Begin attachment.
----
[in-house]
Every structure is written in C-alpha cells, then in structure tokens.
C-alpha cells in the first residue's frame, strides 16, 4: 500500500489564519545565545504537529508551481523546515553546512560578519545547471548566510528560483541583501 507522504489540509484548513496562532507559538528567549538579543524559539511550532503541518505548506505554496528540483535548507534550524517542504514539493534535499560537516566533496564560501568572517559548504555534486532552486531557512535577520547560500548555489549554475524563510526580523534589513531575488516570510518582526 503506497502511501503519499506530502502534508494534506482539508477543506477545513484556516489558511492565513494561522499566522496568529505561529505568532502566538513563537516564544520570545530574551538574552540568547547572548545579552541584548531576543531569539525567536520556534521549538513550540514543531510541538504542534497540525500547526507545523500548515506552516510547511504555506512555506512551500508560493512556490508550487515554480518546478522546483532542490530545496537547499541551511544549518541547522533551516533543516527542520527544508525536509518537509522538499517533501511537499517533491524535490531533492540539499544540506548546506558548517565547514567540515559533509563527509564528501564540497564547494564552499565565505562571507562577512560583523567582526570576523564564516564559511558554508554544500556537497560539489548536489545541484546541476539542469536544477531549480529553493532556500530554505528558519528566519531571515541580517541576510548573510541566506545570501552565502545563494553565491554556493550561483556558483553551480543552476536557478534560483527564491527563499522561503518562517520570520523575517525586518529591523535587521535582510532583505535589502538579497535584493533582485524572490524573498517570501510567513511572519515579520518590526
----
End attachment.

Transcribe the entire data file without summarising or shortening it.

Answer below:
[in-house]
Every structure is written in C-alpha cells, then in structure tokens.
C-alpha cells in the first residue's frame, strides 16, 4: 500500500489564519545565545504537529508551481523546515553546512560578519545547471548566510528560483541583501 507522504489540509484548513496562532507559538528567549538579543524559539511550532503541518505548506505554496528540483535548507534550524517542504514539493534535499560537516566533496564560501568572517559548504555534486532552486531557512535577520547560500548555489549554475524563510526580523534589513531575488516570510518582526 503506497502511501503519499506530502502534508494534506482539508477543506477545513484556516489558511492565513494561522499566522496568529505561529505568532502566538513563537516564544520570545530574551538574552540568547547572548545579552541584548531576543531569539525567536520556534521549538513550540514543531510541538504542534497540525500547526507545523500548515506552516510547511504555506512555506512551500508560493512556490508550487515554480518546478522546483532542490530545496537547499541551511544549518541547522533551516533543516527542520527544508525536509518537509522538499517533501511537499517533491524535490531533492540539499544540506548546506558548517565547514567540515559533509563527509564528501564540497564547494564552499565565505562571507562577512560583523567582526570576523564564516564559511558554508554544500556537497560539489548536489545541484546541476539542469536544477531549480529553493532556500530554505528558519528566519531571515541580517541576510548573510541566506545570501552565502545563494553565491554556493550561483556558483553551480543552476536557478534560483527564491527563499522561503518562517520570520523575517525586518529591523535587521535582510532583505535589502538579497535584493533582485524572490524573498517570501510567513511572519515579520518590526